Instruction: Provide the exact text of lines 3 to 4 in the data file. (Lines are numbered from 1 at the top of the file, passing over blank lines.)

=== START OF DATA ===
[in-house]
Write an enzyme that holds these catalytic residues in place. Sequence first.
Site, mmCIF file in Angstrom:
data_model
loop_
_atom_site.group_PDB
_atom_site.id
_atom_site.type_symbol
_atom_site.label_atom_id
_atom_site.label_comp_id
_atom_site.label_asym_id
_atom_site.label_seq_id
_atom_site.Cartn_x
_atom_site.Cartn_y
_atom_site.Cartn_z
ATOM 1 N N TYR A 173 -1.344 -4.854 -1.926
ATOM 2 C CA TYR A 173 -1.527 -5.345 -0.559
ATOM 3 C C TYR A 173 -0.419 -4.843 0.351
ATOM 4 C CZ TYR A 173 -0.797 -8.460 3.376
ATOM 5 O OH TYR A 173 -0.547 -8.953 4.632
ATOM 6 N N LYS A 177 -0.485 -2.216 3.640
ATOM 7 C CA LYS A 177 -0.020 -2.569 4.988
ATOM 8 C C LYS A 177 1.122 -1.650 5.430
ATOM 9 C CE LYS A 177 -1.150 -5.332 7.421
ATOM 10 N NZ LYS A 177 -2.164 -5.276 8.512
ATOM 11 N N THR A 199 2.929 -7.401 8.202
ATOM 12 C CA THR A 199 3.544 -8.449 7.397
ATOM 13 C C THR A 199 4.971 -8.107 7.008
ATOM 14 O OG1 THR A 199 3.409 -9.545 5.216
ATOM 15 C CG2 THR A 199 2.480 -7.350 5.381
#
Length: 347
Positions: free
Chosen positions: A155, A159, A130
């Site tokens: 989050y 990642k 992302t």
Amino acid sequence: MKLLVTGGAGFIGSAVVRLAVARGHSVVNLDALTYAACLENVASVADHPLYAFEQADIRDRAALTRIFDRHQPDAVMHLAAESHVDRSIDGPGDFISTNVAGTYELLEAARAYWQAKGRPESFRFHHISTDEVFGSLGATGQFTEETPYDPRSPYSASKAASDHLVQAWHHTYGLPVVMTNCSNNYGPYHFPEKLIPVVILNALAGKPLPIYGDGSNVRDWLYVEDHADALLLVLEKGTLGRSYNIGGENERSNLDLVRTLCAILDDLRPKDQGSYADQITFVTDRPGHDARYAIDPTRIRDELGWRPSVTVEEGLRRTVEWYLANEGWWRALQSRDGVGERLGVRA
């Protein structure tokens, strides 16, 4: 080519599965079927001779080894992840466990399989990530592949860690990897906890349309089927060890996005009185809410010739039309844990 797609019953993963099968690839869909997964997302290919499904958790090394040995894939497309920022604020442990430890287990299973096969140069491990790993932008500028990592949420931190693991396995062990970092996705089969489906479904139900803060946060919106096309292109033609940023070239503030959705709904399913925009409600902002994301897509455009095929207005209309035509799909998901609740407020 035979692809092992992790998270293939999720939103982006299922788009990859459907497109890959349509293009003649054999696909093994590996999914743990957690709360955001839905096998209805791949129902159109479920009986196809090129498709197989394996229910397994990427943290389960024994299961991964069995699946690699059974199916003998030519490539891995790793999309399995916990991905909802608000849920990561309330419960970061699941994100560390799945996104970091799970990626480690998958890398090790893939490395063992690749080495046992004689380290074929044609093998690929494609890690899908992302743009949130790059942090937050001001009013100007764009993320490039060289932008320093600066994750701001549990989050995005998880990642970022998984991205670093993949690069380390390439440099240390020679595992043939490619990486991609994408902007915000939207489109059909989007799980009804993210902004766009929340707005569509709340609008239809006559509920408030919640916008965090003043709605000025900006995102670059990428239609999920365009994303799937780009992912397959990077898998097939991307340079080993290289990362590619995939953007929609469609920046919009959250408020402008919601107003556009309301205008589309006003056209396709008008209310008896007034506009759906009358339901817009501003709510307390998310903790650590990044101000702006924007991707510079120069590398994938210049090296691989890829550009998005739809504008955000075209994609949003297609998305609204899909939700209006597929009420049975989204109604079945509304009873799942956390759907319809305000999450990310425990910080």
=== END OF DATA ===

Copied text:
Site, mmCIF file in Angstrom:
data_model